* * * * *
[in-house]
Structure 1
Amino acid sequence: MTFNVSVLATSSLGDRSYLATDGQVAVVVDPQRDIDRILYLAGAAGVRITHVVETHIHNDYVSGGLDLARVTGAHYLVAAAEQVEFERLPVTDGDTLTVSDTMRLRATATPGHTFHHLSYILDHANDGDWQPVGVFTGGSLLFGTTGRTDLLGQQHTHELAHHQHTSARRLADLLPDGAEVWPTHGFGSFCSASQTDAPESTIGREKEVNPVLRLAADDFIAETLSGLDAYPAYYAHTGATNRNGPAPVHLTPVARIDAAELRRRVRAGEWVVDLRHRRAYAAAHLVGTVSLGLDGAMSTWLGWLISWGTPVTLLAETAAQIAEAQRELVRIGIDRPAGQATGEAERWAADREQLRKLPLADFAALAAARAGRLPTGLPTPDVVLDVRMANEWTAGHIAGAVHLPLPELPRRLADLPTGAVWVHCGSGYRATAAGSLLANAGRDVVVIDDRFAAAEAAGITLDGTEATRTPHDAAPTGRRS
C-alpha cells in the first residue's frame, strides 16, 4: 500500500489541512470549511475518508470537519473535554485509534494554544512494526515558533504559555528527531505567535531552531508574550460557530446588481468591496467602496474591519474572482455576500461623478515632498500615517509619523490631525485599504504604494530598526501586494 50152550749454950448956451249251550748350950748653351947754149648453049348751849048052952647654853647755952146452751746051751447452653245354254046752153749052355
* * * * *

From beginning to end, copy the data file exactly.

[in-house]
Structure 1
Amino acid sequence: MTFNVSVLATSSLGDRSYLATDGQVAVVVDPQRDIDRILYLAGAAGVRITHVVETHIHNDYVSGGLDLARVTGAHYLVAAAEQVEFERLPVTDGDTLTVSDTMRLRATATPGHTFHHLSYILDHANDGDWQPVGVFTGGSLLFGTTGRTDLLGQQHTHELAHHQHTSARRLADLLPDGAEVWPTHGFGSFCSASQTDAPESTIGREKEVNPVLRLAADDFIAETLSGLDAYPAYYAHTGATNRNGPAPVHLTPVARIDAAELRRRVRAGEWVVDLRHRRAYAAAHLVGTVSLGLDGAMSTWLGWLISWGTPVTLLAETAAQIAEAQRELVRIGIDRPAGQATGEAERWAADREQLRKLPLADFAALAAARAGRLPTGLPTPDVVLDVRMANEWTAGHIAGAVHLPLPELPRRLADLPTGAVWVHCGSGYRATAAGSLLANAGRDVVVIDDRFAAAEAAGITLDGTEATRTPHDAAPTGRRS
C-alpha cells in the first residue's frame, strides 16, 4: 500500500489541512470549511475518508470537519473535554485509534494554544512494526515558533504559555528527531505567535531552531508574550460557530446588481468591496467602496474591519474572482455576500461623478515632498500615517509619523490631525485599504504604494530598526501586494 50152550749454950448956451249251550748350950748653351947754149648453049348751849048052952647654853647755952146452751746051751447452653245354254046752153749052355